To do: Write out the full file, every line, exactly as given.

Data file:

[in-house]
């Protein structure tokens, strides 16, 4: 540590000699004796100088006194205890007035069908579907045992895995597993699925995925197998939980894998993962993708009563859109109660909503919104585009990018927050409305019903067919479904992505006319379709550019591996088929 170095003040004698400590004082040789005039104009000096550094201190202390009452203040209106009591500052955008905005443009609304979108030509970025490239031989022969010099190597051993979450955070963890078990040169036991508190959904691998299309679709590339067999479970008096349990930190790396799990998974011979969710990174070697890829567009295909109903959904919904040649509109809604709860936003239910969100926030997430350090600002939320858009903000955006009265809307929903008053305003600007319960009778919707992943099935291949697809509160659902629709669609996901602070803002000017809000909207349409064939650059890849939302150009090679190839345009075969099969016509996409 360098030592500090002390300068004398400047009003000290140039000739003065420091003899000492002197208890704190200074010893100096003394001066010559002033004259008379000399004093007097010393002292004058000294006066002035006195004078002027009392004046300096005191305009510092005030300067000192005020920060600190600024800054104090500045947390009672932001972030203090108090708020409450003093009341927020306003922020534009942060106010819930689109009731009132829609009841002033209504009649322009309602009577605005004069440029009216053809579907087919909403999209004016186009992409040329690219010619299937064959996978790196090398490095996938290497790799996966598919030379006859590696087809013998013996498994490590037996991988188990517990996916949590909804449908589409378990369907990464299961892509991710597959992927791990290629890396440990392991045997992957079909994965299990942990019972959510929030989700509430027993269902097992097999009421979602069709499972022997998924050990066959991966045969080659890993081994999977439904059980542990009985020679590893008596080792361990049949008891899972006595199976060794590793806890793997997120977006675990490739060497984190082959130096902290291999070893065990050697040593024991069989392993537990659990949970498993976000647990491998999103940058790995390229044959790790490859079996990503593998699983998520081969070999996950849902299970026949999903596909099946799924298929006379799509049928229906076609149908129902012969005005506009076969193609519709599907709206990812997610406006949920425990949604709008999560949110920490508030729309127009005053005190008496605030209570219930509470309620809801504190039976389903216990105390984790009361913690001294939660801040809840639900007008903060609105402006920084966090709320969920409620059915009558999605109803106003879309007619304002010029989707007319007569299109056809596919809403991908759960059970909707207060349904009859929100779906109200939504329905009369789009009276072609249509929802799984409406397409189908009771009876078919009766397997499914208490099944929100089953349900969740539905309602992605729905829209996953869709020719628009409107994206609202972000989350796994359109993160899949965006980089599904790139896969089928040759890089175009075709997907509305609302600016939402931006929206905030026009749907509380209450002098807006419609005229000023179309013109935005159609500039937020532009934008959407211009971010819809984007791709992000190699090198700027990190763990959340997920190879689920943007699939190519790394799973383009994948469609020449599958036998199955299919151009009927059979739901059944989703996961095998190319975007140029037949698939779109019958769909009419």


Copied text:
[in-house]
């Protein structure tokens, strides 16, 4: 540590000699004796100088006194205890007035069908579907045992895995597993699925995925197998939980894998993962993708009563859109109660909503919104585009990018927050409305019903067919479904992505006319379709550019591996088929 170095003040004698400590004082040789005039104009000096550094201190202390009452203040209106009591500052955008905005443009609304979108030509970025490239031989022969010099190597051993979450955070963890078990040169036991508190959904691998299309679709590339067999479970008096349990930190790396799990998974011979969710990174070697890829567009295909109903959904919904040649509109809604709860936003239910969100926030997430350090600002939320858009903000955006009265809307929903008053305003600007319960009778919707992943099935291949697809509160659902629709669609996901602070803002000017809000909207349409064939650059890849939302150009090679190839345009075969099969016509996409 360098030592500090002390300068004398400047009003000290140039000739003065420091003899000492002197208890704190200074010893100096003394001066010559002033004259008379000399004093007097010393002292004058000294006066002035006195004078002027009392004046300096005191305009510092005030300067000192005020920060600190600024800054104090500045947390009672932001972030203090108090708020409450003093009341927020306003922020534009942060106010819930689109009731009132829609009841002033209504009649322009309602009577605005004069440029009216053809579907087919909403999209004016186009992409040329690219010619299937064959996978790196090398490095996938290497790799996966598919030379006859590696087809013998013996498994490590037996991988188990517990996916949590909804449908589409378990369907990464299961892509991710597959992927791990290629890396440990392991045997992957079909994965299990942990019972959510929030989700509430027993269902097992097999009421979602069709499972022997998924050990066959991966045969080659890993081994999977439904059980542990009985020679590893008596080792361990049949008891899972006595199976060794590793806890793997997120977006675990490739060497984190082959130096902290291999070893065990050697040593024991069989392993537990659990949970498993976000647990491998999103940058790995390229044959790790490859079996990503593998699983998520081969070999996950849902299970026949999903596909099946799924298929006379799509049928229906076609149908129902012969005005506009076969193609519709599907709206990812997610406006949920425990949604709008999560949110920490508030729309127009005053005190008496605030209570219930509470309620809801504190039976389903216990105390984790009361913690001294939660801040809840639900007008903060609105402006920084966090709320969920409620059915009558999605109803106003879309007619304002010029989707007319007569299109056809596919809403991908759960059970909707207060349904009859929100779906109200939504329905009369789009009276072609249509929802799984409406397409189908009771009876078919009766397997499914208490099944929100089953349900969740539905309602992605729905829209996953869709020719628009409107994206609202972000989350796994359109993160899949965006980089599904790139896969089928040759890089175009075709997907509305609302600016939402931006929206905030026009749907509380209450002098807006419609005229000023179309013109935005159609500039937020532009934008959407211009971010819809984007791709992000190699090198700027990190763990959340997920190879689920943007699939190519790394799973383009994948469609020449599958036998199955299919151009009927059979739901059944989703996961095998190319975007140029037949698939779109019958769909009419």